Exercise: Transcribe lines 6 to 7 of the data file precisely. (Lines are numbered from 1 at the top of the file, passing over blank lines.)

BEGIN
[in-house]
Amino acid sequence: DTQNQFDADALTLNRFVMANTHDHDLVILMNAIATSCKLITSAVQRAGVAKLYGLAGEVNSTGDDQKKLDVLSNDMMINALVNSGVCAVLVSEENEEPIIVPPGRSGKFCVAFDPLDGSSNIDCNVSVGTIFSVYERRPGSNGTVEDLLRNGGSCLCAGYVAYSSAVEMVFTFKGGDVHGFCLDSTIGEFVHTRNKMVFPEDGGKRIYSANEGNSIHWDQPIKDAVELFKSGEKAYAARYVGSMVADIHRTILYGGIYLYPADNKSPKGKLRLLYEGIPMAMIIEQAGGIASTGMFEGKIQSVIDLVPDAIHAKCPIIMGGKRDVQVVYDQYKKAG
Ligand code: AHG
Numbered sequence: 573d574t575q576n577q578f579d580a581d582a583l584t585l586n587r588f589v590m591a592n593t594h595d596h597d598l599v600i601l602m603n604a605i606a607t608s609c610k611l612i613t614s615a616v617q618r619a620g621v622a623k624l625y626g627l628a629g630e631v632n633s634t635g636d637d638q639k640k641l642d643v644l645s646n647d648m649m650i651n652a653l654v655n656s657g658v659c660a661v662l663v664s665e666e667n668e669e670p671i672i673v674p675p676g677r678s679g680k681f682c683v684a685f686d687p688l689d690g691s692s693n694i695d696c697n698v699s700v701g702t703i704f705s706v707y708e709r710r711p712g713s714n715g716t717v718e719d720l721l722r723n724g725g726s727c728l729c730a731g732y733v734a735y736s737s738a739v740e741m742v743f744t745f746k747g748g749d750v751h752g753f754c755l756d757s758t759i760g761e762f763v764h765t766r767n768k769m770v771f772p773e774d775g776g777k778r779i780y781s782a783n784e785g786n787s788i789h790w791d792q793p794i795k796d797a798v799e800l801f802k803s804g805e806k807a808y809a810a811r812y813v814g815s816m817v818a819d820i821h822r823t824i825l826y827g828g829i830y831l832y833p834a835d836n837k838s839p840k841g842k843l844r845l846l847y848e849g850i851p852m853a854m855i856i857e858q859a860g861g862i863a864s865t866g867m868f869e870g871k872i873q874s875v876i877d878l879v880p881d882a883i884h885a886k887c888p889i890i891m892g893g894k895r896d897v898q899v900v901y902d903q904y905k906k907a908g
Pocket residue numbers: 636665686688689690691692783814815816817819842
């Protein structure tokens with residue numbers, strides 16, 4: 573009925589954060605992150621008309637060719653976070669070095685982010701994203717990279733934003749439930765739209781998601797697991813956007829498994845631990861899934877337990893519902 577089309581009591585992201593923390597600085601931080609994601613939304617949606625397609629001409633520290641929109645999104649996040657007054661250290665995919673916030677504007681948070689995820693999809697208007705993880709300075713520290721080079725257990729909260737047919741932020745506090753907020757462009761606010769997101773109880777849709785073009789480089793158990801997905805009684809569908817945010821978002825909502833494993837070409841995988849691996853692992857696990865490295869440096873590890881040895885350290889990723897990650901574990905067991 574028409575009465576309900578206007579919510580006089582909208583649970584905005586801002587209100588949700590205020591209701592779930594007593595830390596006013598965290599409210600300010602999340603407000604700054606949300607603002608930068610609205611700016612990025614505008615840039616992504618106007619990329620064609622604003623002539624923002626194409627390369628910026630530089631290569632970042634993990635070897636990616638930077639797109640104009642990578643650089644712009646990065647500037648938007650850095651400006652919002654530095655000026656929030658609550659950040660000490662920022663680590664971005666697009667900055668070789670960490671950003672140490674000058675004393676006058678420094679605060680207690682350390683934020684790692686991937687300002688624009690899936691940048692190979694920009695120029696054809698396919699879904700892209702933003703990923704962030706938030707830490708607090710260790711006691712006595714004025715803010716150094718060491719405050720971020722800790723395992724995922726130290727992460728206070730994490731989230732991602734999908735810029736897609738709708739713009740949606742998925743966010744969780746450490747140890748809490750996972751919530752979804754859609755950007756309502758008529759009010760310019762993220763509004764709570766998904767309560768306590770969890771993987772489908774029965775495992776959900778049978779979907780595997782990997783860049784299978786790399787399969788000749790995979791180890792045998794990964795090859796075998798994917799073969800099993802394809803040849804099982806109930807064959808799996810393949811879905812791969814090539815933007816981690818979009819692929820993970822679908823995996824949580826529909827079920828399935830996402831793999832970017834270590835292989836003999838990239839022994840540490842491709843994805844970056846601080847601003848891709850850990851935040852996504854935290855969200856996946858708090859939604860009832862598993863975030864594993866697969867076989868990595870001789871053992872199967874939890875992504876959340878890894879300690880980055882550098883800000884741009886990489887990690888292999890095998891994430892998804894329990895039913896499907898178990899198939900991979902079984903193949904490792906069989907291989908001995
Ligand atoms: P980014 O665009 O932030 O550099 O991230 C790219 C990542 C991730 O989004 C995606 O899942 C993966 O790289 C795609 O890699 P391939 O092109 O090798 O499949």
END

């Protein structure tokens with residue numbers, strides 16, 4: 573009925589954060605992150621008309637060719653976070669070095685982010701994203717990279733934003749439930765739209781998601797697991813956007829498994845631990861899934877337990893519902 577089309581009591585992201593923390597600085601931080609994601613939304617949606625397609629001409633520290641929109645999104649996040657007054661250290665995919673916030677504007681948070689995820693999809697208007705993880709300075713520290721080079725257990729909260737047919741932020745506090753907020757462009761606010769997101773109880777849709785073009789480089793158990801997905805009684809569908817945010821978002825909502833494993837070409841995988849691996853692992857696990865490295869440096873590890881040895885350290889990723897990650901574990905067991 574028409575009465576309900578206007579919510580006089582909208583649970584905005586801002587209100588949700590205020591209701592779930594007593595830390596006013598965290599409210600300010602999340603407000604700054606949300607603002608930068610609205611700016612990025614505008615840039616992504618106007619990329620064609622604003623002539624923002626194409627390369628910026630530089631290569632970042634993990635070897636990616638930077639797109640104009642990578643650089644712009646990065647500037648938007650850095651400006652919002654530095655000026656929030658609550659950040660000490662920022663680590664971005666697009667900055668070789670960490671950003672140490674000058675004393676006058678420094679605060680207690682350390683934020684790692686991937687300002688624009690899936691940048692190979694920009695120029696054809698396919699879904700892209702933003703990923704962030706938030707830490708607090710260790711006691712006595714004025715803010716150094718060491719405050720971020722800790723395992724995922726130290727992460728206070730994490731989230732991602734999908735810029736897609738709708739713009740949606742998925743966010744969780746450490747140890748809490750996972751919530752979804754859609755950007756309502758008529759009010760310019762993220763509004764709570766998904767309560768306590770969890771993987772489908774029965775495992776959900778049978779979907780595997782990997783860049784299978786790399787399969788000749790995979791180890792045998794990964795090859796075998798994917799073969800099993802394809803040849804099982806109930807064959808799996810393949811879905812791969814090539815933007816981690818979009819692929820993970822679908823995996824949580826529909827079920828399935830996402831793999832970017834270590835292989836003999838990239839022994840540490842491709843994805844970056846601080847601003848891709850850990851935040852996504854935290855969200856996946858708090859939604860009832862598993863975030864594993866697969867076989868990595870001789871053992872199967874939890875992504876959340878890894879300690880980055882550098883800000884741009886990489887990690888292999890095998891994430892998804894329990895039913896499907898178990899198939900991979902079984903193949904490792906069989907291989908001995
Ligand atoms: P980014 O665009 O932030 O550099 O991230 C790219 C990542 C991730 O989004 C995606 O899942 C993966 O790289 C795609 O890699 P391939 O092109 O090798 O499949």